APHIS Q&A on PEDv Control

Questions & Answers: Porcine Epidemic Diarrhea Virus Reporting and Control

(As derived from the USDA APHIS website)

Q. What is Porcine Epidemic Diarrhea virus (PEDv)?

A. Porcine Epidemic Diarrhea is a virus that causes signifi cant sickness in swine, affecting their growth and health, and causes high mortality in piglets. The disease is common in parts of Asia and Europe, but is not reportable to the World Organization for Animal Health (OIE). PEDv only affects pigs and does not pose any risk to people or pets.  It is not a food safety concern.

Q. Is PEDv found in the United States?

A. USDA confirmed the presence of PEDv in this country on May 16, 2013. As of April 5, 2014, more than 5,500 cases have been confirmed in 28 states. PEDv has significantly affected swine in the U.S.

Q. What is USDA doing about PEDv?

A. USDA agencies have monitored this disease since it was first confirmed in the U.S., and have taken many actions to address it, including:

  • Since July 2013, USDA’s Animal and Plant Health Inspection Service (APHIS) has compiled data on positive cases from labs that are part of the National Animal Health Laboratory Network (NAHLN) and created a weekly report. This report is shared with the American Association of Swine Veterinarians and is posted on their website.
  • APHIS has worked closely with the swine industry to identify risk factors in the transmission of the virus and minimize its impact on producers and industry.
  • APHIS is part of a task force, along with the FDA, as well as State and industry partners, that aims to investigate PEDv, identify and trace risk factors in the transmission of the disease, and keep producers informed. This task force has completed a number of items including establishing testing protocols, sequencing the virus, conducting two feed investigations, and more.
  • USDA’s Agricultural Research Service (ARS) has directed $540,000 in funding from the FY2014 budget to research related to PEDv.
  • ARS has also been working on a number of experimental vaccines against PEDv. So far, none of them have been approved for use, but ARS continues to work on the creation of an effective vaccine against this disease.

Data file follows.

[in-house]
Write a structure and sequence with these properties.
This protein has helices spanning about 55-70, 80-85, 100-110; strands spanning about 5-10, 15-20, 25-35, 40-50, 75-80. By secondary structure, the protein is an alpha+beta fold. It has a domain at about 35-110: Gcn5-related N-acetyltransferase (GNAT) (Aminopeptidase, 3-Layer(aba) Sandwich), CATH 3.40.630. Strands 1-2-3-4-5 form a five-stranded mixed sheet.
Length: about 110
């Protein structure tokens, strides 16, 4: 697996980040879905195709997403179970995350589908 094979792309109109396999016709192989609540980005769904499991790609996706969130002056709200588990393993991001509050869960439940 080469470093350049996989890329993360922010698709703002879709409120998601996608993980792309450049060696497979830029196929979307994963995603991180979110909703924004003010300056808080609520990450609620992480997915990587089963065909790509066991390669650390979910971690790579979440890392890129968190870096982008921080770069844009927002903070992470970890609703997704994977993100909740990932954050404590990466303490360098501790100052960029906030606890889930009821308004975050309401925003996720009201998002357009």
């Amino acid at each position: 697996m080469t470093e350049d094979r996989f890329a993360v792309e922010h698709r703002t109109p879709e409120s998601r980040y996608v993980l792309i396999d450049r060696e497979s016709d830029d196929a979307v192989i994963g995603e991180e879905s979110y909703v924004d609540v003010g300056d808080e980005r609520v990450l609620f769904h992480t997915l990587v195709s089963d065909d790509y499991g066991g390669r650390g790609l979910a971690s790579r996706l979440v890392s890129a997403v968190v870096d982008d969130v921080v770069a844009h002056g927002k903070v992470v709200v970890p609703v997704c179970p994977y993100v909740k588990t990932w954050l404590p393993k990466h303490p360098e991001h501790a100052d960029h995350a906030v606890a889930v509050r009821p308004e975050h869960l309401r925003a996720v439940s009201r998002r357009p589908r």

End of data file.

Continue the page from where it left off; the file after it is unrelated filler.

Q: What are USDA’s next steps?

A. Because PEDv is a persistent disease that is continuing to spread across the country, USDA is instituting a monitoring and control program. We are issuing a Federal Order that will require mandatory reporting of all herds diagnosed with PEDv. The herds are required to identify themselves and provide location information. Animal health laboratories receiving diagnostic samples are also required to provide positive tests and location information to USDA.

Q. What will the PEDv monitoring and control program look like?

A. Herds with PEDv will be required to enter the monitoring and control program. The specifi cs of the program will be developed in collaboration with state animal health officials, pork producers and swine veterinarians.

Q. What is USDA’s role in the monitoring and control program?

A. USDA will assist affected producers in the Secure Pork Supply plan by:

  • supporting herd monitoring testing at NAHLN laboratories
  • analyzing test data and movement data
  • reporting results to appropriate state animal health officials and industry representatives.

Q. What is the States’ role in the monitoring and control program?

A. We will collaborate with the States and provide funding so they can assist with verifying the required biosecurity and herd-level control practices are correctly implemented and followed.

Q. What is the industry’s role in the monitoring and control program?

A. USDA needs swine veterinarians to help us develop the monitoring and control procedures. Their field experience and expertise will help us determine:

  • how often to test herds and what samples to collect
  • what biosecurity procedures to require
  • what herd-level control procedures to require
  • how/when a herd can be released from the monitoring program. 



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